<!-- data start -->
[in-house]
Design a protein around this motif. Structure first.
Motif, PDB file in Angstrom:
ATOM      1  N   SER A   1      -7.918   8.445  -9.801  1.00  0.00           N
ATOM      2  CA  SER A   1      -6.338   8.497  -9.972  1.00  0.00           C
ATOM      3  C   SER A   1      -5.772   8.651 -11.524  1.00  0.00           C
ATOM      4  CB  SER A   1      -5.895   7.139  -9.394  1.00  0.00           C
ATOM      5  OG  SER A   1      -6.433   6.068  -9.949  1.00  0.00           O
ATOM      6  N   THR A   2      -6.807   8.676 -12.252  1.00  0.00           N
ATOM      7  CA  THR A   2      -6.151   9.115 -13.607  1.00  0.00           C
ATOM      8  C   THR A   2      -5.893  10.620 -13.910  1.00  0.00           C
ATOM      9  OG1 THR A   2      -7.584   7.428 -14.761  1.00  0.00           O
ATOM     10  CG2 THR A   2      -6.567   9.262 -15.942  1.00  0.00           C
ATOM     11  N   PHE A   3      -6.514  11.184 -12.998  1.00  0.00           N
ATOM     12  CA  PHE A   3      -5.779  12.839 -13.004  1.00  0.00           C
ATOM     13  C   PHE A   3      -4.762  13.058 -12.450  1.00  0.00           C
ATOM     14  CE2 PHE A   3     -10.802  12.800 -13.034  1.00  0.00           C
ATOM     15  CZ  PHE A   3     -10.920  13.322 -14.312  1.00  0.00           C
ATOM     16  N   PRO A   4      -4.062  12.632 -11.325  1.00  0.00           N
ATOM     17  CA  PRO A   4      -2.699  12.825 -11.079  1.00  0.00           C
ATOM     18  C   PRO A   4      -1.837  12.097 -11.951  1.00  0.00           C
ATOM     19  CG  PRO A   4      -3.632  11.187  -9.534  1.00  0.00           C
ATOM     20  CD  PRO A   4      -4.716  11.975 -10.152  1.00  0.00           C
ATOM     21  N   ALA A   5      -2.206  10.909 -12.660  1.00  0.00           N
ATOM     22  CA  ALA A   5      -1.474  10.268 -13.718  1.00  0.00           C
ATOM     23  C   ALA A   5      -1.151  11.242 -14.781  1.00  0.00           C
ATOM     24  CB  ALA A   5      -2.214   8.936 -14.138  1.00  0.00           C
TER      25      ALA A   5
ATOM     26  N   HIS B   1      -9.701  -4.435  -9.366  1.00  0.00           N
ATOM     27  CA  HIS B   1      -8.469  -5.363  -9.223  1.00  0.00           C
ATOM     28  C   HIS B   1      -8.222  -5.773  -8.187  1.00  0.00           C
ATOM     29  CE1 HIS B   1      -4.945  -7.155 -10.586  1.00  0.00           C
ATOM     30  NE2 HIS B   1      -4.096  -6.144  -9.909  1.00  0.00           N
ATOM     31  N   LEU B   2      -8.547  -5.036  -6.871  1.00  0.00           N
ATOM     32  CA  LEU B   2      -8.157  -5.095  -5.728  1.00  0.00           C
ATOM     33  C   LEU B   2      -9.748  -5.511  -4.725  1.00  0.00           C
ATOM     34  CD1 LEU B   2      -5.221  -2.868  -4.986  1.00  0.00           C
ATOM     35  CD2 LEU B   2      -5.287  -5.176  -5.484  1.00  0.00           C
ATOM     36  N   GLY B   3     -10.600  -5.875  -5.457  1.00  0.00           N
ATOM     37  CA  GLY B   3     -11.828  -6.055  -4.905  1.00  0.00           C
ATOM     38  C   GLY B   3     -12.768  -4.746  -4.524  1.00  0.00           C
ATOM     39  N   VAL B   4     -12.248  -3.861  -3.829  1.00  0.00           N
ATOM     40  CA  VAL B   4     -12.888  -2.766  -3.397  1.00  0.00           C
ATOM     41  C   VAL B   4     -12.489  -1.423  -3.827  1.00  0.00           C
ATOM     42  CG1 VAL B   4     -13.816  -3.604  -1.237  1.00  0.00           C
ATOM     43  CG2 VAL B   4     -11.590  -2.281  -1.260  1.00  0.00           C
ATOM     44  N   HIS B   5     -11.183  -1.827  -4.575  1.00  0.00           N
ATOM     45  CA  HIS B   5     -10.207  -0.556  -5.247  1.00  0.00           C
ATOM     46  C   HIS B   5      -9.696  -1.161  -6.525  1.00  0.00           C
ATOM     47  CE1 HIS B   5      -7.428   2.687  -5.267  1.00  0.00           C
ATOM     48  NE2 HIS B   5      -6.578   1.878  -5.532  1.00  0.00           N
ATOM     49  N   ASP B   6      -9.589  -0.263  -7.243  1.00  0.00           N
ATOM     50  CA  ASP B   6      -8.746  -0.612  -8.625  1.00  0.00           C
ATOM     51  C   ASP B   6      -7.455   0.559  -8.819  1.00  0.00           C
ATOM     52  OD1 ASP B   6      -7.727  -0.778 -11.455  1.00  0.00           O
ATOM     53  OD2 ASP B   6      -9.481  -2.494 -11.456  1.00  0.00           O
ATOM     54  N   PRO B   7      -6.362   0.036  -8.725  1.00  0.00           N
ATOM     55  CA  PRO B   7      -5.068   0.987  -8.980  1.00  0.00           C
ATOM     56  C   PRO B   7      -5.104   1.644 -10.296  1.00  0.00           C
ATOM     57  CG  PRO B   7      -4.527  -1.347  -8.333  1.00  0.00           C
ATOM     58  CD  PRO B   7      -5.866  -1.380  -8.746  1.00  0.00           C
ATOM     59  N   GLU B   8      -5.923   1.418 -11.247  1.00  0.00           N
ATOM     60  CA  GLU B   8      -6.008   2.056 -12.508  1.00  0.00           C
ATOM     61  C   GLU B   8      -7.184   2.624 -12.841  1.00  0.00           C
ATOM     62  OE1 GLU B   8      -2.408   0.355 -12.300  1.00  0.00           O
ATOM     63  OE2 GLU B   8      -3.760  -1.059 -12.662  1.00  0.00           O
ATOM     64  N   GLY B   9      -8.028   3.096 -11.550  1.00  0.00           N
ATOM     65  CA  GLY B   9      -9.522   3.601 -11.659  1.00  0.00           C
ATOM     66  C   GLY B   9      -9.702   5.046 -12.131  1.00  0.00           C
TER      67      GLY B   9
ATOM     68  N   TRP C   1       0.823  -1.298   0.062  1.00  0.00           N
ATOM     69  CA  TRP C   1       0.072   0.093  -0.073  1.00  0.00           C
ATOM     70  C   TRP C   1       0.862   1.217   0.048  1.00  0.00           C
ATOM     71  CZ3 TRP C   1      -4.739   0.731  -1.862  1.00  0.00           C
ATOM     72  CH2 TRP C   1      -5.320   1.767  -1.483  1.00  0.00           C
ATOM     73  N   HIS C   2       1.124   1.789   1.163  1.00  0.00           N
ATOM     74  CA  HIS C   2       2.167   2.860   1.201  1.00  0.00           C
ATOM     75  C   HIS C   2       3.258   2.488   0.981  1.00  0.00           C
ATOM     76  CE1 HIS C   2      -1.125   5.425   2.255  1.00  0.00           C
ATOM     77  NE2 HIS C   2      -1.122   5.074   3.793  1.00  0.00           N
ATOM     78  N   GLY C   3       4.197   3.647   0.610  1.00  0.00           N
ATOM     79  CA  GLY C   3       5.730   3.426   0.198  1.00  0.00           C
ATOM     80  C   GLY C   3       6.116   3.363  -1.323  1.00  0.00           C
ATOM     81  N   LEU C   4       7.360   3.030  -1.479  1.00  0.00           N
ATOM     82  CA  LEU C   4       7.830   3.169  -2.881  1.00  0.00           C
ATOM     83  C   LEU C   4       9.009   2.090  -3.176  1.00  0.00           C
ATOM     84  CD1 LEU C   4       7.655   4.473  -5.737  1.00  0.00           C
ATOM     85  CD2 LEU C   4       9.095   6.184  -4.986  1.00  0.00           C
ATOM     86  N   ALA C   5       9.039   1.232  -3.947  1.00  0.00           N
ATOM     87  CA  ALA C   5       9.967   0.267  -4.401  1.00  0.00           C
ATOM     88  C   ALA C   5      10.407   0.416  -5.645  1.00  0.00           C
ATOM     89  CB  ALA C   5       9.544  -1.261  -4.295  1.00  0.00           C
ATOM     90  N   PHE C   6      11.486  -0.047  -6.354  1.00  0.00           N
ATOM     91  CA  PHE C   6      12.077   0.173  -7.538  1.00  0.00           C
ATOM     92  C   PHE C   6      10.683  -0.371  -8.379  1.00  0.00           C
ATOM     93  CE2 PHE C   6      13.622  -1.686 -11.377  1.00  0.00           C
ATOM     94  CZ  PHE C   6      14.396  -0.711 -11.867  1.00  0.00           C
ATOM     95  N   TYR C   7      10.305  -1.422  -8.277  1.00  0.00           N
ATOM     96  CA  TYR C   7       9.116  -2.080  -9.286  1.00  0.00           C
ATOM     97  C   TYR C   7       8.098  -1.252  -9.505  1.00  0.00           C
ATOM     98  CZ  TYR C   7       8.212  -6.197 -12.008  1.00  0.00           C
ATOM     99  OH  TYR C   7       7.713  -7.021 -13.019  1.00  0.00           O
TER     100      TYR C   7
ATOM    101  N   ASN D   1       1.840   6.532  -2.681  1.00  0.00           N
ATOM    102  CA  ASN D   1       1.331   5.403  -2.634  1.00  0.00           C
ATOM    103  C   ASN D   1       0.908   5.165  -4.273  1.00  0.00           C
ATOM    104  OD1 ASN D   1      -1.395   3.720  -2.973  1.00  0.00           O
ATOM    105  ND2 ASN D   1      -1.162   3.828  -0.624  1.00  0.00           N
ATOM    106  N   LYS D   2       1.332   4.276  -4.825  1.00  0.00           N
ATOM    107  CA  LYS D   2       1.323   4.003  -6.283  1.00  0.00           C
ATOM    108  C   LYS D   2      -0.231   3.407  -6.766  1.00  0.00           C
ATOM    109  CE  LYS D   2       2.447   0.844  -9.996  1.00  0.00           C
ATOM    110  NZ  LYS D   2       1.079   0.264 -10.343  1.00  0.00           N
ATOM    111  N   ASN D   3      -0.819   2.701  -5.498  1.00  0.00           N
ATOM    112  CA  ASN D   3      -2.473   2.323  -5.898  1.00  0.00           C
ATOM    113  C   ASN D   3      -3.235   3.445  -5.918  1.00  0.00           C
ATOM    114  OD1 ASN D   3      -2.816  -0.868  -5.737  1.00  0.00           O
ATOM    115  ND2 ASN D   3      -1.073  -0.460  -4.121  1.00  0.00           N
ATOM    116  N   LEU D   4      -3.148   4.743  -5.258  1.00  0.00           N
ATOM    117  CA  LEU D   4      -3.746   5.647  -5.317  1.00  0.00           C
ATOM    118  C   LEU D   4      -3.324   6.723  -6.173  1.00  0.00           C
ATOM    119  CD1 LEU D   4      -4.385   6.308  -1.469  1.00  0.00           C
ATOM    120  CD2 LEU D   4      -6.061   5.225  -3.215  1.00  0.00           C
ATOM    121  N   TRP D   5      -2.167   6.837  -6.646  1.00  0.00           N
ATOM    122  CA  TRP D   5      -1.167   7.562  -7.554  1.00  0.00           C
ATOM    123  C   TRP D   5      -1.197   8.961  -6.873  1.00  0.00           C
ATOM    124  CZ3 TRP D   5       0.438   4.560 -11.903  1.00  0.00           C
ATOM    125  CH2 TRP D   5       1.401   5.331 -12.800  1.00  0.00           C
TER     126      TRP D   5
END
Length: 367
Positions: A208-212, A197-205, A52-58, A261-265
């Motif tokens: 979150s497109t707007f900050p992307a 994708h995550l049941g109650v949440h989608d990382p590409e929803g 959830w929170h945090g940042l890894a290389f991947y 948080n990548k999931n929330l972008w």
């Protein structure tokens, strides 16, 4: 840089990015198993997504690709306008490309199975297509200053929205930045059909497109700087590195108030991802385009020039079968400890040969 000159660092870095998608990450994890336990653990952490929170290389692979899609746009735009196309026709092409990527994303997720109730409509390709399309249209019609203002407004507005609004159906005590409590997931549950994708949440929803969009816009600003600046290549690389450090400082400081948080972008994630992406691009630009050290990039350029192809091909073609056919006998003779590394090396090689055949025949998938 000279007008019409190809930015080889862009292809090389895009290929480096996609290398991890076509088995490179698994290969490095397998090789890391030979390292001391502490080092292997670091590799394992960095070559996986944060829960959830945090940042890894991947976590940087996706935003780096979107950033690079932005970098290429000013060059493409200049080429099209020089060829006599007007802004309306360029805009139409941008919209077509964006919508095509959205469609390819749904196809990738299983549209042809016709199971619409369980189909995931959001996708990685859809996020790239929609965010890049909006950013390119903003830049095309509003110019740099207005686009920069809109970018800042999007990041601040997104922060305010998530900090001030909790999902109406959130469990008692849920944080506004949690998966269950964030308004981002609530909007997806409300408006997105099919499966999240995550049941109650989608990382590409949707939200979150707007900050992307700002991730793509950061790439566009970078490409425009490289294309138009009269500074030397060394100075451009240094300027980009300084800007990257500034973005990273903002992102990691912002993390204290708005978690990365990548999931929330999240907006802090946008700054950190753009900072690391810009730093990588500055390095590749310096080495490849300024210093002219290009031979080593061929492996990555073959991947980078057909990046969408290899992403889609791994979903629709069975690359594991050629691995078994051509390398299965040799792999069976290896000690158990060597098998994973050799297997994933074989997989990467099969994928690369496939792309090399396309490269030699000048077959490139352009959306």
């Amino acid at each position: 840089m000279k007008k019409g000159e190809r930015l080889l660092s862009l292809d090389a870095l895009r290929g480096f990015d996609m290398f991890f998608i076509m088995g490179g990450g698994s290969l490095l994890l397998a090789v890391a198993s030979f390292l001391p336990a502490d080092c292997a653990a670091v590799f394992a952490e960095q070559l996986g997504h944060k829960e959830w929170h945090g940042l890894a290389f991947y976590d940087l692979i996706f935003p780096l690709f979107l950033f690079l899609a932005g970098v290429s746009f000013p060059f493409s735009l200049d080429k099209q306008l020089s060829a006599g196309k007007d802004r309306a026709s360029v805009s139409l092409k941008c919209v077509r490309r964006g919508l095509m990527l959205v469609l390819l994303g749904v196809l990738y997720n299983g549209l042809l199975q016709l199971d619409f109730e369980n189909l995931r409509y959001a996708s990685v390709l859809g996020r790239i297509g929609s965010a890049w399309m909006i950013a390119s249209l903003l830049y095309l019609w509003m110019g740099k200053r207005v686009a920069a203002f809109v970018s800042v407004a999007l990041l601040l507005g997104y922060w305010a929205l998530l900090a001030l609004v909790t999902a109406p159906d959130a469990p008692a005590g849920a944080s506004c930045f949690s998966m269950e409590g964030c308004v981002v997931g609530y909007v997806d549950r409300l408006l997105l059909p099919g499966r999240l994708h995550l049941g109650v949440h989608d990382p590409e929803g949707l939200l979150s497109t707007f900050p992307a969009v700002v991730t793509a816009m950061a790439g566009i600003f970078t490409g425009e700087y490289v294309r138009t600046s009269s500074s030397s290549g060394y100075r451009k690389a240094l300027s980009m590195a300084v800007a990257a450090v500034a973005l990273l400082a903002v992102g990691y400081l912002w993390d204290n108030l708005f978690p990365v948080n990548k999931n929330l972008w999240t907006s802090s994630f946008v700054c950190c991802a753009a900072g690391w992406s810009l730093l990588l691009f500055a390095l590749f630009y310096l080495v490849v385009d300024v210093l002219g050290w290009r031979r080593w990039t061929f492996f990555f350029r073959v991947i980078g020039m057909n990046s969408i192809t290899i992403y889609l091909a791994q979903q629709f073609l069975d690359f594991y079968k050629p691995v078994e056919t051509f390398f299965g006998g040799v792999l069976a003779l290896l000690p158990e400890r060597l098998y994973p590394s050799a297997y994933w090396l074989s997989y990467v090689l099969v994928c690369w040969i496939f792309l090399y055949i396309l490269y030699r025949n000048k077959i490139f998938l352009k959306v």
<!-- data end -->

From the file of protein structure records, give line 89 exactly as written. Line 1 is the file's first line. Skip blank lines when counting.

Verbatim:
ATOM     86  N   ALA C   5       9.039   1.232  -3.947  1.00  0.00           N